This post asks whether the January 2022 return-to-school has boosted the number of new Omicron cases in Virginia schoolchildren. As far as I can tell, return to the classroom in January 2022 has had no material impact. This is consistent with the fall 2021 return to school, where the resumption of in-person classes had no observable impact on the rate of new COVID-19 infections in Virginia children.
Last fall, the return to in-person schooling in Virginia appeared to have no impact on the spread of COVID-19. At that time, I tracked cases by age, and used the staggered start dates of the school districts as a type of “natural experiment”. The idea was that if COVID-19 was spreading in the schools, you’d see the proportion of cases among school-age children rise, and you’d see that first where schools re-opened first.
But nothing happened. At least, nothing that I could see. Here’s the final graph from that analysis, Post #1280, 10/7/2021.
Last fall’s school reopening analysis: No impact
Source: Analysis of data from Virginia Department of Health, and school calendars from Virginia Department of Education. This embodies a crosswalk of school district to Virginia health district.
That was almost entirely under the Delta variant. Omicron only came on the scene as schools were finishing the fall semester.
A look at Spring 2022 using alternative data sources
Now schools are opening for the spring 2022 term under Omicron. Omicron, recall, is about three times as infectious as Delta, and neither prior infection nor two-shot vaccination provides much protection against it.
In short, it’s a whole new ballgame.
I figured I should redo some version of that prior analysis. But I can’t. The data file I used for that no longer functions. Virginia stopped updating the underlying file of cases-by-age last week, and now I know why. Virginia apparently built up a huge backlog of cases with unknown age. Last week, they corrected that and dumped the age-corrected cases into the file. As a result, there’s no way I can see to calculate recent trends in cases by age, from Virginia’s current data.
There are, however, alternative data sources that provide some information on COVID-19 infections in the school population of Virginia.
Count of outbreaks
Outbreaks are defined as three or more related COVID-19 cases. Virginia tracks outbreaks in a variety of high-risk settings including nursing homes, prisons, schools, and similar.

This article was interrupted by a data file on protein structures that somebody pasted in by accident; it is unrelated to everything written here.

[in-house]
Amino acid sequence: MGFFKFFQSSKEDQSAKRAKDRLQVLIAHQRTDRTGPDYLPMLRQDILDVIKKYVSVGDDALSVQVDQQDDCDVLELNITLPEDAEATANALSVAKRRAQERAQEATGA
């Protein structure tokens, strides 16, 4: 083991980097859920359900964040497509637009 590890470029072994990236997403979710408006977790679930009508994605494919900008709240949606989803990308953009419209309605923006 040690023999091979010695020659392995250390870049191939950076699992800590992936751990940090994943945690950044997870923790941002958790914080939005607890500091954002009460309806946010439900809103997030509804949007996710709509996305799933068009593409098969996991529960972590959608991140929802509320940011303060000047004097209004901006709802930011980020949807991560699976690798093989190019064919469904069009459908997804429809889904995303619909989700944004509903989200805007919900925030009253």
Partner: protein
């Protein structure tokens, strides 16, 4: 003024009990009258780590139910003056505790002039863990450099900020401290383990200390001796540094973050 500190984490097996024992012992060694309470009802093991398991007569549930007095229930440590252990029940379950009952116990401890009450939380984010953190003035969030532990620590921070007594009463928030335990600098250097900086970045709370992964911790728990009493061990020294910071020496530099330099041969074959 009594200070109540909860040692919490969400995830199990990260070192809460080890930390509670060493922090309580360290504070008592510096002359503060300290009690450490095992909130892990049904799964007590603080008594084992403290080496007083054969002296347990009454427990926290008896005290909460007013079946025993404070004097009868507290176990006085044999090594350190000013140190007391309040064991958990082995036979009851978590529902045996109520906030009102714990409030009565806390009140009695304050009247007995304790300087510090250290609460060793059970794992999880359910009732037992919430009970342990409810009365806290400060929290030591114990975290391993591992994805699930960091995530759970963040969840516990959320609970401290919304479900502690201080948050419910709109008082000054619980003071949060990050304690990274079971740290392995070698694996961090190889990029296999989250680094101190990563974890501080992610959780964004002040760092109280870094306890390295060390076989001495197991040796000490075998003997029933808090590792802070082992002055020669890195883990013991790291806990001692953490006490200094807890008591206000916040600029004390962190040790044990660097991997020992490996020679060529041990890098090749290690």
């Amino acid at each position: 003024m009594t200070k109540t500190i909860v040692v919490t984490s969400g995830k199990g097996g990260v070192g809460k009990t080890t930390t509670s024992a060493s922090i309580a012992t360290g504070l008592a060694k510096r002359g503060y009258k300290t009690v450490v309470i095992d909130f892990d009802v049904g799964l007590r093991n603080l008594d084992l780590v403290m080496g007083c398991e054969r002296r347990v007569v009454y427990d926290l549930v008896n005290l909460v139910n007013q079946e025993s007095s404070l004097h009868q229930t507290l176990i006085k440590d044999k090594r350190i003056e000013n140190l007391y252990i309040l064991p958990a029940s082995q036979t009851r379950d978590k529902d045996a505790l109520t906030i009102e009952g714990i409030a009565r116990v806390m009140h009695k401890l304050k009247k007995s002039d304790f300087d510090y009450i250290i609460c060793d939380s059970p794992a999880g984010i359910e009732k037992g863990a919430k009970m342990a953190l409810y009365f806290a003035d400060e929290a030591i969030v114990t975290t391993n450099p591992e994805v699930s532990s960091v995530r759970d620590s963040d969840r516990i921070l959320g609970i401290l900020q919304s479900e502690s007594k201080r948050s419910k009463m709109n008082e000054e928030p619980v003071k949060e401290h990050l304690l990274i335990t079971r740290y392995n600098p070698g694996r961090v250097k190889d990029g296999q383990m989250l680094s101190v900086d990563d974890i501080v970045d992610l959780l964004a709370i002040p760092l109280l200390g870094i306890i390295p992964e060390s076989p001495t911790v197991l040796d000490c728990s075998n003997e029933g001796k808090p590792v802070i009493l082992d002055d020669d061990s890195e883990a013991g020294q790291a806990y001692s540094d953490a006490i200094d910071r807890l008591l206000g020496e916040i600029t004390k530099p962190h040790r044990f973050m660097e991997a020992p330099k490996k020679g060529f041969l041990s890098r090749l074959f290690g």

This isn’t a very quantitative measure. It’s just the count of events that have been reported to the Virginia state government. There are vastly more cases in schools than would be covered by the “outbreak” definition.
Source: Calculated from Virginia Department of Health data.
That said, the number of daily outbreaks in Virginia K-12 schools is well within the historical level. That’s actually a bit surprising, given how much the Omicron case level exceeds that of prior variants. In any case, FWIW, the official count of outbreaks in schools is showing no red flags so far.
Pediatric share of Virginia hospital admissions.
Again, no indication of an uptick following resumption of classes in January 2022.
Source: Calculated from U.S. DHHS unified hospital dataset.
FCPS counts of infections
Fairfax County has the largest school system in Virginia. Based on my analysis last year, Fairfax County Public Schools (FCPS) manages to count about 60% of all cases in school-age children (compared to the Virginia Department of Health data). Arguably, then, Fairfax County is a pretty good bellwether for what’s happening in Virginia schools, even though snow delayed the start of school by about a week.
FCPS does not put out any raw counts, only pretty graphics. All you can do, then, is eyeball their graph of cases in schools (top), against a similarly-scaled graph of all cases in Virginia (bottom).
There’s not a lot of precision there, and you have to ignore the one outlier day in the school counts. But by eye, the case counts in the FCPS schools do not seem disproportionate to the counts for the Virginia population as a whole.
As far as I can tell, so far, from the available data, the January return to school has had no material impact on pediatric COVID-19 cases in Virginia. At the very least, there’s been no large increase in any of the measures examined here.